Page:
The Yhat Blog


machine learning, data science, engineering


Artificial Intelligence in Lending

by Austin Ogilvie |


About Austin: Austin is the CEO and co-founder of Yhat, Inc. He was previously at OnDeck Capital, the largest online small business lender in the United States.

AI in Lending

Can machines think?” Alan Turing posed this question at the outset of his 1950 paper “Computing Machinery and Intelligence,” a seminal piece of literature in the field of artificial intelligence. Turing wanted to know whether computers would eventually imitate humans’ responses so well that people wouldn’t be able to tell whether they were interacting with a human or a machine.

Decades later, in an era when computers are capable of recognizing and responding to human speech, processing images and even driving cars, the question for data scientists and engineers has become “What else can machines think about?”

In my previous position at OnDeck Capital, I became particularly interested in how AI could be used to rethink the financial industry. OnDeck is a lending company that provides working capital and loans to small businesses. My work there provided my first exposure to computers making decisions that were previously reserved for humans.

Before this begins to sound too much like sci-fi, let me clarify that the work we were doing at the time—and the mission of the banks and fintech companies we work with at Yhat—is still created and maintained by humans. This work is also subject to the same financial regulations as lending decisions made by humans, like the Fair Credit Reporting and Equal Credit Opportunity Acts. The algorithms generated by these computer systems do not replace human logic, ethics or creativity but augment and automate it.

For example, consider a core question in lending: “Will this person be able to repay a loan?” For banks, the due diligence required to answer this question for small businesses looking for loans in the median range of $140,000 is time- and cost-intensive. A local shop that needs enough capital to cover its payroll during the slow season may not receive a decision for weeks or even months.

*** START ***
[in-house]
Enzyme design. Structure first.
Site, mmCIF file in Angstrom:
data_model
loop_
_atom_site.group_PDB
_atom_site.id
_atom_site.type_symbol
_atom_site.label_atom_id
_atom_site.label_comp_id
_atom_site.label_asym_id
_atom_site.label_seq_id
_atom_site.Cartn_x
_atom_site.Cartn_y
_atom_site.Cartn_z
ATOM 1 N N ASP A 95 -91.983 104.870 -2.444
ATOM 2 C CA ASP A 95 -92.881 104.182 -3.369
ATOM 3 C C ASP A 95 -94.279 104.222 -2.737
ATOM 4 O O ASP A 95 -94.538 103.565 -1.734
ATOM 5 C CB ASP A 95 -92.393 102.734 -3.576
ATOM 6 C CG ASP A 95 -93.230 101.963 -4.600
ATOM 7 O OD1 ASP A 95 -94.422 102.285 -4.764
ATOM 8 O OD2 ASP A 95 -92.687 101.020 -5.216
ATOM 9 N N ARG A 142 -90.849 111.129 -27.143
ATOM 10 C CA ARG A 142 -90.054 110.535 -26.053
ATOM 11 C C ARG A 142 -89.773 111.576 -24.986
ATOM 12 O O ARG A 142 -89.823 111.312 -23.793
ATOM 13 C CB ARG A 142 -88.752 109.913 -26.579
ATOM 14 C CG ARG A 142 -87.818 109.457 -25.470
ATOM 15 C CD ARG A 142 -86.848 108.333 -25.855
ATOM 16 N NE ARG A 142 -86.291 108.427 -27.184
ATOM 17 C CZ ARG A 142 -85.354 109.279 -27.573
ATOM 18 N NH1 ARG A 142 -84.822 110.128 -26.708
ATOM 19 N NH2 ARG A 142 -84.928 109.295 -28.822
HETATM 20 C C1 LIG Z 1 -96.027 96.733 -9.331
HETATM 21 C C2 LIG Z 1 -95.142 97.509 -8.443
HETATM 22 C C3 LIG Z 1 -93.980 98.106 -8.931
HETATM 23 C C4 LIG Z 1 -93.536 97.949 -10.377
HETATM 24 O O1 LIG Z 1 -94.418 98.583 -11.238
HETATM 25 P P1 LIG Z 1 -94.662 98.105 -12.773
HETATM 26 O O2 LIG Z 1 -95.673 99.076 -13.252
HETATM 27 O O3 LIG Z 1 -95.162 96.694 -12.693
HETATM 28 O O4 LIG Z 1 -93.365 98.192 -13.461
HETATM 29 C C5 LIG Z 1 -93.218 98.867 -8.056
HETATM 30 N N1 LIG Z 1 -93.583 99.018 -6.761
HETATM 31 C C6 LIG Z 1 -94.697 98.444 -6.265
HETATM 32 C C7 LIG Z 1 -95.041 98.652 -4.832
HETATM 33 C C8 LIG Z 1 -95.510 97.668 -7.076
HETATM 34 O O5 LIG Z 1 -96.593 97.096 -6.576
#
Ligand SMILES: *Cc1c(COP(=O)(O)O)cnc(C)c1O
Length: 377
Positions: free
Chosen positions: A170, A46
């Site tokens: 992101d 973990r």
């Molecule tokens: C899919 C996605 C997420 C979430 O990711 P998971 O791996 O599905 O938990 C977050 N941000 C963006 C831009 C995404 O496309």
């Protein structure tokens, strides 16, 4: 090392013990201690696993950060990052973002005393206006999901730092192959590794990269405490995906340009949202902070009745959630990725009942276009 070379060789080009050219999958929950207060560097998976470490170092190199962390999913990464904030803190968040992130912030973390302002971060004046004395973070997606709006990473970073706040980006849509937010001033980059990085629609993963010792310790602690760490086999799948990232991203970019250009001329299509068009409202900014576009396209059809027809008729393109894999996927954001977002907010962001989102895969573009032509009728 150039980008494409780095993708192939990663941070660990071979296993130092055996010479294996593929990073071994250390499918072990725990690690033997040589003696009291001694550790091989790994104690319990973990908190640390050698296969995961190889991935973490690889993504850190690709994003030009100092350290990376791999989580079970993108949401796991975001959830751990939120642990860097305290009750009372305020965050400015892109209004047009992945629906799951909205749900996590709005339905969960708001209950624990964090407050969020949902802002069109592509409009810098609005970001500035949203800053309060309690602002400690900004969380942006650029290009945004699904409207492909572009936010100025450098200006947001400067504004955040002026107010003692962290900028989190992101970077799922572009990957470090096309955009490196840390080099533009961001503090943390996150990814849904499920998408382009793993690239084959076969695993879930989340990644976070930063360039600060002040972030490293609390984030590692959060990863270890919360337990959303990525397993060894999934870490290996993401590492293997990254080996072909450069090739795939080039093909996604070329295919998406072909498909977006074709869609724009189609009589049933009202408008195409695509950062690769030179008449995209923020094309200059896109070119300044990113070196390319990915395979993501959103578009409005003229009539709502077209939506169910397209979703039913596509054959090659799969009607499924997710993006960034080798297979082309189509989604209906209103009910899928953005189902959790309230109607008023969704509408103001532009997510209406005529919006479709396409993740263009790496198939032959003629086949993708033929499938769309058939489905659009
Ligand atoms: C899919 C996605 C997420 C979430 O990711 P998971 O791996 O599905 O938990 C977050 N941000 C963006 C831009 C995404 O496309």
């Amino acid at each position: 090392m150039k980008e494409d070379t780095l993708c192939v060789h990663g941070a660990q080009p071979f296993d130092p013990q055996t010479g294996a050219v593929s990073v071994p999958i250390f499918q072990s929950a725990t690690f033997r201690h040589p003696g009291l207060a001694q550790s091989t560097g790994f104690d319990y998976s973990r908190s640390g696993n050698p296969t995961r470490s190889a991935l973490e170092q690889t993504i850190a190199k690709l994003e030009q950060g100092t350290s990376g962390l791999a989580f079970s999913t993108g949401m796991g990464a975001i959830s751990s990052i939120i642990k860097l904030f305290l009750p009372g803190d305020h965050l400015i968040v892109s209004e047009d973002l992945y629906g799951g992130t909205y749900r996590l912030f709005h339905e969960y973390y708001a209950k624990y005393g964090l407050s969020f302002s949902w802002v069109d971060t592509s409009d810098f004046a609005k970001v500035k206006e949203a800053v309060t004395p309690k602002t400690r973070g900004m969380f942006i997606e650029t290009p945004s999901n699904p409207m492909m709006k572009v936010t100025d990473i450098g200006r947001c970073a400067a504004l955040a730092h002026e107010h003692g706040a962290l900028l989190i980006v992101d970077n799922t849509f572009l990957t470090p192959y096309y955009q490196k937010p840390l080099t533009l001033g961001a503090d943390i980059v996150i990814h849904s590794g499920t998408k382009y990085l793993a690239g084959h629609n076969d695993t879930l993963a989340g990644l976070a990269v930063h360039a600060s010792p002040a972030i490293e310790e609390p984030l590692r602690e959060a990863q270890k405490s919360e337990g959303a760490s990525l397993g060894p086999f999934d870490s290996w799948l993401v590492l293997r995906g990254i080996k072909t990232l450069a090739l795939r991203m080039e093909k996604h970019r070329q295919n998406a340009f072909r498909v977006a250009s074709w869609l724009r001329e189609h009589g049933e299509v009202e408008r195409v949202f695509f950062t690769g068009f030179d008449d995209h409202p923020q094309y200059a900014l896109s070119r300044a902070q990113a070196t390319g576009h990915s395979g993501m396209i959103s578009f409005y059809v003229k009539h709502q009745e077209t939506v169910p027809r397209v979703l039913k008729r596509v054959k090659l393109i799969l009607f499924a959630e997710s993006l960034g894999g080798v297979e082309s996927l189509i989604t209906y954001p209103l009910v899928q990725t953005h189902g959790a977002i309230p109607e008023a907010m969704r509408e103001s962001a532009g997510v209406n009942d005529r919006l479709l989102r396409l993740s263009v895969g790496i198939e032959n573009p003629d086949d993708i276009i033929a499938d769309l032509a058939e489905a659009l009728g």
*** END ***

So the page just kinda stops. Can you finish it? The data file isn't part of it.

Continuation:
Thanks to an abundance of novel data sources, new open source technologies and libraries, and a massive decrease in computing costs over the past decade, alternative lenders are able to make faster, more informed decisions than human underwriters. Companies “train” automated lending systems on previous lending decisions and ask those systems to detect and codify a way to “think” about making future lending decisions. Continuous underwriting—that is, evaluating credit risk before approval, during repayment, and after a loan has been paid in full--creates a much wider surface for understanding their customers.

Most of the non-traditional fintech players we work with have invested heavily in continuous underwriting capabilities. Estimating risk throughout the lifecycle of a loan from origination through servicing as opposed to a snapshot approach at the time of the application gives a lender a far stronger posture from which to influence loss outcomes. This type of active underwriting is also incredibly powerful with regard to the targeted and timely mid-term offers and other powerful retention and cross-sell strategies it enables you to do.